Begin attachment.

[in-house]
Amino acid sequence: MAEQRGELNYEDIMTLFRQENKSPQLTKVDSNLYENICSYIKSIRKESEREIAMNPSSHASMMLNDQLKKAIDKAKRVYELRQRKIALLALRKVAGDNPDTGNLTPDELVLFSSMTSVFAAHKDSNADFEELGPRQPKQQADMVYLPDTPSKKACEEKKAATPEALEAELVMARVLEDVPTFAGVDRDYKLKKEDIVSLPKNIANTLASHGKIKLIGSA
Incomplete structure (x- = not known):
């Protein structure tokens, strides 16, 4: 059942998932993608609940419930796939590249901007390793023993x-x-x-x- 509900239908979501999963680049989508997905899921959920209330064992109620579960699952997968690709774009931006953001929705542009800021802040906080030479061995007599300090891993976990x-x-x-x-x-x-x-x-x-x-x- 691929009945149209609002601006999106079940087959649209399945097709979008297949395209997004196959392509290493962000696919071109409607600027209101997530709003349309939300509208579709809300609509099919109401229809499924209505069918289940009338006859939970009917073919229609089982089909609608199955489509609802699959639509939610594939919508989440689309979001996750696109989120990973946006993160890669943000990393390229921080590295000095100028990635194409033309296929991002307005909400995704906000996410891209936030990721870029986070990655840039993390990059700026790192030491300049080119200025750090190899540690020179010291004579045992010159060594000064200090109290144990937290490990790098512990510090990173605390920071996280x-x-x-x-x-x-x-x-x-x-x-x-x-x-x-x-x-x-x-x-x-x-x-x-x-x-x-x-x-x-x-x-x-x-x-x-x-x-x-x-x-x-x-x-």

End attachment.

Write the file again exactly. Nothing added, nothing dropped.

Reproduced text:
[in-house]
Amino acid sequence: MAEQRGELNYEDIMTLFRQENKSPQLTKVDSNLYENICSYIKSIRKESEREIAMNPSSHASMMLNDQLKKAIDKAKRVYELRQRKIALLALRKVAGDNPDTGNLTPDELVLFSSMTSVFAAHKDSNADFEELGPRQPKQQADMVYLPDTPSKKACEEKKAATPEALEAELVMARVLEDVPTFAGVDRDYKLKKEDIVSLPKNIANTLASHGKIKLIGSA
Incomplete structure (x- = not known):
């Protein structure tokens, strides 16, 4: 059942998932993608609940419930796939590249901007390793023993x-x-x-x- 509900239908979501999963680049989508997905899921959920209330064992109620579960699952997968690709774009931006953001929705542009800021802040906080030479061995007599300090891993976990x-x-x-x-x-x-x-x-x-x-x- 691929009945149209609002601006999106079940087959649209399945097709979008297949395209997004196959392509290493962000696919071109409607600027209101997530709003349309939300509208579709809300609509099919109401229809499924209505069918289940009338006859939970009917073919229609089982089909609608199955489509609802699959639509939610594939919508989440689309979001996750696109989120990973946006993160890669943000990393390229921080590295000095100028990635194409033309296929991002307005909400995704906000996410891209936030990721870029986070990655840039993390990059700026790192030491300049080119200025750090190899540690020179010291004579045992010159060594000064200090109290144990937290490990790098512990510090990173605390920071996280x-x-x-x-x-x-x-x-x-x-x-x-x-x-x-x-x-x-x-x-x-x-x-x-x-x-x-x-x-x-x-x-x-x-x-x-x-x-x-x-x-x-x-x-």